Chapter twenty-one contains one small event followed by Jesus’ teaching about the end times. Verses 1-4 are often taught as if they were linked to the previous verses on pride. However, neither Luke nor Mark (12:41-44) indicates that Jesus was looking at the givers’ hearts. When he noticed the people bringing their offerings to the Temple, he mentioned only that the widow gave a much higher percentage than the others, because she gave everything she had.
The rest of the chapter contains Luke’s version of the Olivet Discourse. It is slightly shorter than Mark’s version but much shorter than Matthew’s, which includes the parables of the ten virgins and the talents and the judgment of the sheep and goats (chapter 25). The key point in all three of these accounts is that Jesus was responding to the disciples’ question about the signs indicating when Jerusalem would fall (vs. 5-7). However, instead of answering that question directly, Jesus took the opportunity to provide insight into the end times. Although the description Jesus gave in verses 20-24 was fulfilled in A.D. 70 when Rome destroyed Jerusalem, the following verses (25-28) have never yet happened. These will be the signs of his return (detailed more fully in Revelation), and nothing can stop that (vs. 29-33).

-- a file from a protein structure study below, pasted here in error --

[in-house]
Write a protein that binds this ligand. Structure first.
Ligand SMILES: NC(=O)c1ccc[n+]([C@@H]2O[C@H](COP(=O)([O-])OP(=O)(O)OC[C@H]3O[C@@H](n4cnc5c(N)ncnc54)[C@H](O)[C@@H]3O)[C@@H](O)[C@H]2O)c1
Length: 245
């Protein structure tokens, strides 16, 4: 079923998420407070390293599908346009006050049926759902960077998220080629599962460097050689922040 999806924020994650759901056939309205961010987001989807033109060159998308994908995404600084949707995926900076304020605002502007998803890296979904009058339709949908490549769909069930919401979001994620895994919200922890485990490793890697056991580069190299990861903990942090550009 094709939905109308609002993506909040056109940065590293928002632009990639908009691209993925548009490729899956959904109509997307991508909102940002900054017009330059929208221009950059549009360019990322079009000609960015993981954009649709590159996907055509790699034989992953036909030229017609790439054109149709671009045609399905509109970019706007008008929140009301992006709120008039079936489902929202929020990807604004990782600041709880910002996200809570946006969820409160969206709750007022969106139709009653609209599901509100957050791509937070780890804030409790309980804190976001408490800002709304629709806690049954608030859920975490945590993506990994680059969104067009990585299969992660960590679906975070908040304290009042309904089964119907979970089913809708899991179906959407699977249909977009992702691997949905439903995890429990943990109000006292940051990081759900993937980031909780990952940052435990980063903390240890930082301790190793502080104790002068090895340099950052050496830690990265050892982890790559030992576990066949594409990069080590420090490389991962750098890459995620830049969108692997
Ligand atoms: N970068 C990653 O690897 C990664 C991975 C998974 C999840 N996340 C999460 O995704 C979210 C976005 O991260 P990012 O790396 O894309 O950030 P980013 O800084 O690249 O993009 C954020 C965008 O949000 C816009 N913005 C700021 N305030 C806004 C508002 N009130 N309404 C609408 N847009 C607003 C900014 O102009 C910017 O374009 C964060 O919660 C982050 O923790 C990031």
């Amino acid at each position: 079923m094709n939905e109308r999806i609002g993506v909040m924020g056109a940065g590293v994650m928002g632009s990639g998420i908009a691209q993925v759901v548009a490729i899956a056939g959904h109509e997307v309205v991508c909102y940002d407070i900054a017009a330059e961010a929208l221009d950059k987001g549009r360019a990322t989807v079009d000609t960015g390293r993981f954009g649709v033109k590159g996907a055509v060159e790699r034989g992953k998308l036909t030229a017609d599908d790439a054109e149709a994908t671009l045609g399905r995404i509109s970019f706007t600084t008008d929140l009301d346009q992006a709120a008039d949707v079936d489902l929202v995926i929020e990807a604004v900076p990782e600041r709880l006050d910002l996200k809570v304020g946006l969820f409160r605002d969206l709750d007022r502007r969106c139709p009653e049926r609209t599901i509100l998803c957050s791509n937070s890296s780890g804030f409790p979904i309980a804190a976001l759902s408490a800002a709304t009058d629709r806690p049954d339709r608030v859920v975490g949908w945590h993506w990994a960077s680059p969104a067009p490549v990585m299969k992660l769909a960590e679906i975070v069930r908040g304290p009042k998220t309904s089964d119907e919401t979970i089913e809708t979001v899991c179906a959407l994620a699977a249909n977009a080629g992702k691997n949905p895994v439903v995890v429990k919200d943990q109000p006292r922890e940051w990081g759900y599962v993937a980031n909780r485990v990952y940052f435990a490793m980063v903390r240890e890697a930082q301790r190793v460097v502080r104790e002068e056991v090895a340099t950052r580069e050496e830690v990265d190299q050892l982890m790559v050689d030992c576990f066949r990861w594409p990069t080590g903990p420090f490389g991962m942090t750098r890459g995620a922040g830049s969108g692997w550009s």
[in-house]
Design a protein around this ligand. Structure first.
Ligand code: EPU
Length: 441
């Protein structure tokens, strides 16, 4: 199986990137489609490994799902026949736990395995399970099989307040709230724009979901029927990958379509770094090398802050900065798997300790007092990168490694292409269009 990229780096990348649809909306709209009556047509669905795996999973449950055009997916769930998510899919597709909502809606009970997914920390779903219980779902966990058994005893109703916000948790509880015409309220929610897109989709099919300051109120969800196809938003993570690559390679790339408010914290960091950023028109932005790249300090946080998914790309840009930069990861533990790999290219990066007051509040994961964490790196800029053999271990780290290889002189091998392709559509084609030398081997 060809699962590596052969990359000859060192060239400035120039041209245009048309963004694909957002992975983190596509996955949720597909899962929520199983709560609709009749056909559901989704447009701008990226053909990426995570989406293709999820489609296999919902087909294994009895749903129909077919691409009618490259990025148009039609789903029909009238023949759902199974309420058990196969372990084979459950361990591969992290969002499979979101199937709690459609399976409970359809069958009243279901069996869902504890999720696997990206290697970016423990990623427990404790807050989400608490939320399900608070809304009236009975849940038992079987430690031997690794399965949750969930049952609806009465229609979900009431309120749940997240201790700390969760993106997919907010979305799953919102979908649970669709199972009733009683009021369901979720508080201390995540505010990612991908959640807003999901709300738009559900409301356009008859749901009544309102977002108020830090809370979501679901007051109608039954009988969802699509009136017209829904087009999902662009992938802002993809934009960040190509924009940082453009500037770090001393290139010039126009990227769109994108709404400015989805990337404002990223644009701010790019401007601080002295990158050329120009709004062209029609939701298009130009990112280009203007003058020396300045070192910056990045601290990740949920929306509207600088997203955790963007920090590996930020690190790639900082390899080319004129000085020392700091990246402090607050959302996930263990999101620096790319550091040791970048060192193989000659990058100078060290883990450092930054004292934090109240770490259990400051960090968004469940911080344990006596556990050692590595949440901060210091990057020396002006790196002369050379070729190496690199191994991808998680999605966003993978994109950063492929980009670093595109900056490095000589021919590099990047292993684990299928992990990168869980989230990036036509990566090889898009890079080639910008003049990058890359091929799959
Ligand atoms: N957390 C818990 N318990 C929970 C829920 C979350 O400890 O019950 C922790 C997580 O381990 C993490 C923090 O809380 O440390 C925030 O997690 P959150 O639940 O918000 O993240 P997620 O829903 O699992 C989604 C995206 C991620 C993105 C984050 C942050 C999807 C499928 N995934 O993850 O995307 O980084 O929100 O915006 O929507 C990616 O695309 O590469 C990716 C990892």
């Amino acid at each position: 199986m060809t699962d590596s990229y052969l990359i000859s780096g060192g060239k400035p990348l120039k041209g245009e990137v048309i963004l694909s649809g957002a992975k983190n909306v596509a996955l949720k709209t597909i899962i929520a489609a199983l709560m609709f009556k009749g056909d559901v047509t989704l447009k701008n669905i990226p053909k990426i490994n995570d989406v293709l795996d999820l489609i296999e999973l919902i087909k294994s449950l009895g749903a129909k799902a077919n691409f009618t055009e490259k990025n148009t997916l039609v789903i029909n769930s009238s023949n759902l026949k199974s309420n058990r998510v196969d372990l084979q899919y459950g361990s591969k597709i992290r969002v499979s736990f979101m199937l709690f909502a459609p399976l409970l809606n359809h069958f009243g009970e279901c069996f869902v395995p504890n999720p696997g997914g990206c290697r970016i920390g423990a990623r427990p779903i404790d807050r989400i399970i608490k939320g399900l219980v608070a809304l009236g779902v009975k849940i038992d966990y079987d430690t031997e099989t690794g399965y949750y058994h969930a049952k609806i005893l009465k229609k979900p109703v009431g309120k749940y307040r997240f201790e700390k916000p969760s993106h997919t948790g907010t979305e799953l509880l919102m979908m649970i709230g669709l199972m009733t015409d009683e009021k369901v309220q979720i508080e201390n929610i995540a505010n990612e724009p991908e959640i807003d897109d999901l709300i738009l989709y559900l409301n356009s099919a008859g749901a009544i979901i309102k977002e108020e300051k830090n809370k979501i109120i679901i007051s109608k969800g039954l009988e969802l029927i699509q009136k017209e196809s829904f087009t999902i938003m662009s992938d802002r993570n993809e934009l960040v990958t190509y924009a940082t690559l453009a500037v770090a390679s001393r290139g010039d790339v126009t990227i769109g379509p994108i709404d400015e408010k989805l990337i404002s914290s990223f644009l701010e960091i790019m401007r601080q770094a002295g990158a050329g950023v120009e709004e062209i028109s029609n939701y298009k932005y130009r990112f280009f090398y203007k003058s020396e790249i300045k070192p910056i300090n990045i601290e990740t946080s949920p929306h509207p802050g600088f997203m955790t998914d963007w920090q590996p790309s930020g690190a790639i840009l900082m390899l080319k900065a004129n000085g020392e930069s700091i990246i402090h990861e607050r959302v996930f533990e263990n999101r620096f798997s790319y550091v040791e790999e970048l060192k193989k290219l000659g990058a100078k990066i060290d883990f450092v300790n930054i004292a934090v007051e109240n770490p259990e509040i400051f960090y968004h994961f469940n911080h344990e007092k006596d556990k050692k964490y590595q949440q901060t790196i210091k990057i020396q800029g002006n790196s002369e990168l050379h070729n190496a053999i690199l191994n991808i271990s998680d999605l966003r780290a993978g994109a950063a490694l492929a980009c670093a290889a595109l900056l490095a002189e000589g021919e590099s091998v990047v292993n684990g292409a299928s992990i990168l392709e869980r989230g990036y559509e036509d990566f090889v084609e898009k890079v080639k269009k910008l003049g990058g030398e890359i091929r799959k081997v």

Jesus ended his teaching with a command that they (specifically the Jewish people) should not let themselves be lulled into complacency by his delayed arrival. Instead, they should continually watch for their Messiah’s return (vs. 34-36).